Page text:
Nvidia's AI computing platform packs the power of a data centre into a supercomputer the size of a license plate. The race to take bring autonomous vehicles to the road is one currently being driven by the biggest names in tech and manufacturing, with Intel, Tesla, Google, and Ford just some of those already on the AI starting grid. Nvidia has today upped its proposition in the market, announcing what it claims to be is the world's first AI computer for robotaxis. Nvidia's vision for robotaxis, a new class of fully autonomous vehicles, will see cars with no drivers, a steering wheel, pedals or mirrors. Instead it gives passengers better comfort, with interiors designed like a home or office to make passengers feel as comfortable as on a train journey.
Nvidia has on Tuesday announced Drive Constellation, a cloud-based system for testing autonomous vehicles using photorealistic simulation via virtual reality, aiming to speed up the delivery of autonomous cars in a safer and more scalable way. According to Nvidia senior director of Automotive Danny Shapiro, every two minutes, four to five people die in vehicle-related accidents -- totalling 3,000 people per day globally. "This is a big problem, so we're really focused on bringing the hardware and software to solve the challenge," he said. Drive Constellation is a computing platform based on two different servers. The first runs the Nvidia Drive Sim software to simulate an autonomous vehicle's sensors, such as cameras, lidar, and radar; while the second boasts Nvidia Drive Pegasus, which is an artificial intelligence car computer that runs the autonomous vehicle software stack and processes the simulated data as if it was being fed in from sensors on a real car.
The very idea of a driverless vehicle rolling around on the streets seems incredible. And yet, we may be close to seeing such vehicles on the road around the world, thanks to artificial intelligence (AI), among other driving forces. In the recent past, there have been some amazing advances in autonomous vehicle technology which indicate the dream is inching toward fruition. It seems that the framework of autonomous vehicles has been almost finalized. Subject to legal and administrative approvals, driverless vehicles will be a common sight on the roads soon.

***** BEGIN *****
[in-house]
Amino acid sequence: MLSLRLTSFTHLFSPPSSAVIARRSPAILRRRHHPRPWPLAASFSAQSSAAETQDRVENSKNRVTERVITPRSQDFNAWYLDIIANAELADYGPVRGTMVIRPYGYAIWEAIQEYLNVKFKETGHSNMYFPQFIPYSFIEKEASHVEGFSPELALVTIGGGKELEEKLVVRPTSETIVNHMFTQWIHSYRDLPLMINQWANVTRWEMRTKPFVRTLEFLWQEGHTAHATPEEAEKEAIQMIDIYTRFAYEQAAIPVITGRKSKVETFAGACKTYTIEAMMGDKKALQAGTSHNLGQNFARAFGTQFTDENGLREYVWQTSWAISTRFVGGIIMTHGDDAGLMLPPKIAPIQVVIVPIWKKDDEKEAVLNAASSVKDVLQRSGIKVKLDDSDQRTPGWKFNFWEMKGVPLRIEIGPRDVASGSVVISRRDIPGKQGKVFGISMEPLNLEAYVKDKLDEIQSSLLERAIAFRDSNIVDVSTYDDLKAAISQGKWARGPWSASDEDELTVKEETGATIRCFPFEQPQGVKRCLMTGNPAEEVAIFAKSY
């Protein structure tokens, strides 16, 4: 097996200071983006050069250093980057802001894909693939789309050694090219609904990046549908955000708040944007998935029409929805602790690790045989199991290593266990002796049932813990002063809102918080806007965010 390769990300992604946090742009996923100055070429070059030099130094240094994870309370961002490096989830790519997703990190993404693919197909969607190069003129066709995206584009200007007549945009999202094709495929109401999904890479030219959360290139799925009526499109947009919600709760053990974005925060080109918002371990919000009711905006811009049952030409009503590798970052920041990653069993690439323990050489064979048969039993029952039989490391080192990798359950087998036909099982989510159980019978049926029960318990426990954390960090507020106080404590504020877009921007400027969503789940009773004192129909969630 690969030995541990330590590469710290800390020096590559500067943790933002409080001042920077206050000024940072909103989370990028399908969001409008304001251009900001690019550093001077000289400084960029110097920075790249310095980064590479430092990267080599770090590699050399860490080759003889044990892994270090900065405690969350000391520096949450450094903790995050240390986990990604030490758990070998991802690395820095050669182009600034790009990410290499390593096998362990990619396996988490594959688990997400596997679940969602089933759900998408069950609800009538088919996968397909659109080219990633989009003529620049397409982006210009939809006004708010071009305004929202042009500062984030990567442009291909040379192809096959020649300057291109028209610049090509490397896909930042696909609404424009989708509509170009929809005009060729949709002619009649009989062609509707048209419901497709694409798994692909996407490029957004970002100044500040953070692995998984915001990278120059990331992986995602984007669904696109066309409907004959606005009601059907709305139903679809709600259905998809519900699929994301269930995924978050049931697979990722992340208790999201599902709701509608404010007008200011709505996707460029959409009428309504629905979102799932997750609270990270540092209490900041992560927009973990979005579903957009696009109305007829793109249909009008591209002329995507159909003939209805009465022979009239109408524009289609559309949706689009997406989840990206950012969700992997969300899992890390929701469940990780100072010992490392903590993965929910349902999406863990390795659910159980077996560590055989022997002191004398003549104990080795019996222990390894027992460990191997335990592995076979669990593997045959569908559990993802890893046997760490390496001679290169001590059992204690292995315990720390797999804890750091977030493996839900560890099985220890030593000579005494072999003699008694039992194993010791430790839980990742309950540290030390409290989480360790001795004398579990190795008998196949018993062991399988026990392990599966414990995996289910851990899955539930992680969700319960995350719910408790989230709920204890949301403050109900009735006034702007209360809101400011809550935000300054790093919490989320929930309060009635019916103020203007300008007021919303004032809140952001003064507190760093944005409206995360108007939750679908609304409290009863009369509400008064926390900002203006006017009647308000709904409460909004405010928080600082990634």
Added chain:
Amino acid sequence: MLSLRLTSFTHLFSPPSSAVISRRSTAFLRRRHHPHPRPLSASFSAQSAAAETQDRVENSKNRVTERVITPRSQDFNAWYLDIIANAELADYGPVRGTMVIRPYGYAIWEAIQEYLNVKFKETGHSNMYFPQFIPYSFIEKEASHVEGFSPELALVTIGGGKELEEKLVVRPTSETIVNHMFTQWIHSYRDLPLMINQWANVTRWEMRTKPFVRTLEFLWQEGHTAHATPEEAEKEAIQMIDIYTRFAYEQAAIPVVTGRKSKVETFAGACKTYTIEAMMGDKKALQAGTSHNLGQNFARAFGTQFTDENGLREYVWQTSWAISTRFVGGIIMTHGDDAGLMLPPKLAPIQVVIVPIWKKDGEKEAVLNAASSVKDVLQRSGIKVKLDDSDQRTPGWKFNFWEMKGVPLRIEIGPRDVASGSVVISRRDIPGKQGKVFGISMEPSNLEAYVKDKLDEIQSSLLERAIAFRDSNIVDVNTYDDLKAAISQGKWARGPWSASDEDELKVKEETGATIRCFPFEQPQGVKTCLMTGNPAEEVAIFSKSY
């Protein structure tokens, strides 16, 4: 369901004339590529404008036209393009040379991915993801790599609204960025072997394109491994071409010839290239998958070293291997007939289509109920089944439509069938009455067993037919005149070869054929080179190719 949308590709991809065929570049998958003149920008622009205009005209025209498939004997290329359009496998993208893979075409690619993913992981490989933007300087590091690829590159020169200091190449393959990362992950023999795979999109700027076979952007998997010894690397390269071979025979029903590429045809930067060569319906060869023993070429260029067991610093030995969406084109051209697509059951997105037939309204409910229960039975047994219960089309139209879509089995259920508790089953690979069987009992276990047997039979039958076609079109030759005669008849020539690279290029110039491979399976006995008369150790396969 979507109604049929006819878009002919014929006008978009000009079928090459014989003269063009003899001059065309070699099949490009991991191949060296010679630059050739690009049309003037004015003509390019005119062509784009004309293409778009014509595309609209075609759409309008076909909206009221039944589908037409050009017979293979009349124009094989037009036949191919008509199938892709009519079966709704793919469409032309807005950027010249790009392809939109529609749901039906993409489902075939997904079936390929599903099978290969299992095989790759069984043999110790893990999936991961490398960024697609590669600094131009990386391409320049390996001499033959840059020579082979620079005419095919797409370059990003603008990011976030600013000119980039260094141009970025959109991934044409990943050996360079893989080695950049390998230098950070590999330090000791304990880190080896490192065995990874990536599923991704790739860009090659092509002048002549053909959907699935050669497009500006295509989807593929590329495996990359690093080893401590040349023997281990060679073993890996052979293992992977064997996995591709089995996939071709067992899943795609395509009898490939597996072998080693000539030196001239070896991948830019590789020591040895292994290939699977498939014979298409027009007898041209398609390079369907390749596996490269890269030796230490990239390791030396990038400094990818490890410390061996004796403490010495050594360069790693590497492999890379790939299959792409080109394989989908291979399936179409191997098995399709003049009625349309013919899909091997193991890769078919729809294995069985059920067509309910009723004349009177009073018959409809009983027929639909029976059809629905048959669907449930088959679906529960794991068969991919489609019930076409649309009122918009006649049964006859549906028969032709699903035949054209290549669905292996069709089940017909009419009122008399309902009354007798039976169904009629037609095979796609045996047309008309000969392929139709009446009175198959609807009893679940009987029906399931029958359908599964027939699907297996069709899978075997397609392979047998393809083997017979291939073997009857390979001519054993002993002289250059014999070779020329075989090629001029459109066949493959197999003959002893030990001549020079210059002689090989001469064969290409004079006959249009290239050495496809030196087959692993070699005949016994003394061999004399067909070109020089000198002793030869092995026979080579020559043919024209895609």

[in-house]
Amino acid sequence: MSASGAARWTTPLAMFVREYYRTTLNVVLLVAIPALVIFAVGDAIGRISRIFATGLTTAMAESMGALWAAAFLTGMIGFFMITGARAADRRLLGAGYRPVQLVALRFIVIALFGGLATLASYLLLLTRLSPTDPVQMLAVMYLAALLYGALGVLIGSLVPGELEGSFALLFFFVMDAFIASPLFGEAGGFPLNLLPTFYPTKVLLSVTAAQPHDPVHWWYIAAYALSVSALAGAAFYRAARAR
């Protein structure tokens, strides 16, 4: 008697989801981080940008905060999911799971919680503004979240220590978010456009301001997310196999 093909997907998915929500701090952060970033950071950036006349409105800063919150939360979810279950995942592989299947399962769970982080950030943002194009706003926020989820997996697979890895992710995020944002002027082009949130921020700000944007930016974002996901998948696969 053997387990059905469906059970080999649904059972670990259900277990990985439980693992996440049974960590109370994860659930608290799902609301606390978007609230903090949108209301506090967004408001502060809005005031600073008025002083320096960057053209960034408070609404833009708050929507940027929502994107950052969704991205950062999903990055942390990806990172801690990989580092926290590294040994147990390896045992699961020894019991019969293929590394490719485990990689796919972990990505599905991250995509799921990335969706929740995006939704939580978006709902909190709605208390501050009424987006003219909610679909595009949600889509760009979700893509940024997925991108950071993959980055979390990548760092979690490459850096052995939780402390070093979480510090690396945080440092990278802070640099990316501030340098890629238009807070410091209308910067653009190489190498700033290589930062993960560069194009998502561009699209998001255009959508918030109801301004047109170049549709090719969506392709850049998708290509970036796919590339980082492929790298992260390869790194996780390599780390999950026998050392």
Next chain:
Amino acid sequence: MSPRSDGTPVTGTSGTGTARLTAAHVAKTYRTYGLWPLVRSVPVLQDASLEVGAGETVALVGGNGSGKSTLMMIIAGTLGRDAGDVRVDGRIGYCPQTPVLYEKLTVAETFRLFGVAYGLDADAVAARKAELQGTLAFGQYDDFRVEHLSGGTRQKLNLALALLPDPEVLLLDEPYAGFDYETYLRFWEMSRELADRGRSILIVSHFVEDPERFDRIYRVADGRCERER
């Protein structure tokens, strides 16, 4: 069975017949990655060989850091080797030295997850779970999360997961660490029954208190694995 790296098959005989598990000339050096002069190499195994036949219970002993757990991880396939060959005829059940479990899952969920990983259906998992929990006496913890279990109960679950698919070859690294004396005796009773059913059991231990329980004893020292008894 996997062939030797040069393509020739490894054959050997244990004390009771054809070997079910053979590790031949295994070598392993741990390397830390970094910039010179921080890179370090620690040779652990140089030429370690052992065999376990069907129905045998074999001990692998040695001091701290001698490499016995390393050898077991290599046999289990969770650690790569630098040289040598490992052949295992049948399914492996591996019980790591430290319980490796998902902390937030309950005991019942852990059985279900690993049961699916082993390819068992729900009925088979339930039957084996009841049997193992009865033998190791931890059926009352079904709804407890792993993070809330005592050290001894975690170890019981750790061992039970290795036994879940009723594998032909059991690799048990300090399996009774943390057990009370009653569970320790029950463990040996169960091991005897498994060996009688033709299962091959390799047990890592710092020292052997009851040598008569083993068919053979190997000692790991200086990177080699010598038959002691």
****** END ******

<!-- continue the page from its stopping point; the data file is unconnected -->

But while automakers are still dropping level 2 and sometimes level 3 vehicles into the market, NVIDIA has announced its first AI computer, the NVIDIA Drive PX Pegasus that it says is capable of level 5 autonomy. The computing needed to power a self-driving car's AI and data crunching not to mention the huge amounts of data coming from potentially dozens of cameras, LiDAR sensors, short and long-range radar is staggering and usually means there's a small server room stored in the trunk. The new NVIDIA Drive PX Pegasus AI computer is the size of a license plate and uses far less power than the current model. The delivery service is looking to deploy a pilot fleet with the current Drive PX in 2018.
Autonomous vehicles rely on several advanced technologies to self-navigate. We unbundle the AV to see how these technologies work together and which companies are driving them forward. Autonomous vehicles rely on a set of complementary technologies to understand and respond to their surroundings. Some AV companies are focusing on these specific components and partnering with automakers and Tier-1 suppliers to help bring their products to scale while others, such as Zoox and Nuro, are designing their vehicles from the ground up. Technology is disrupting the auto industry from all sides. Get the free report PDF to learn more.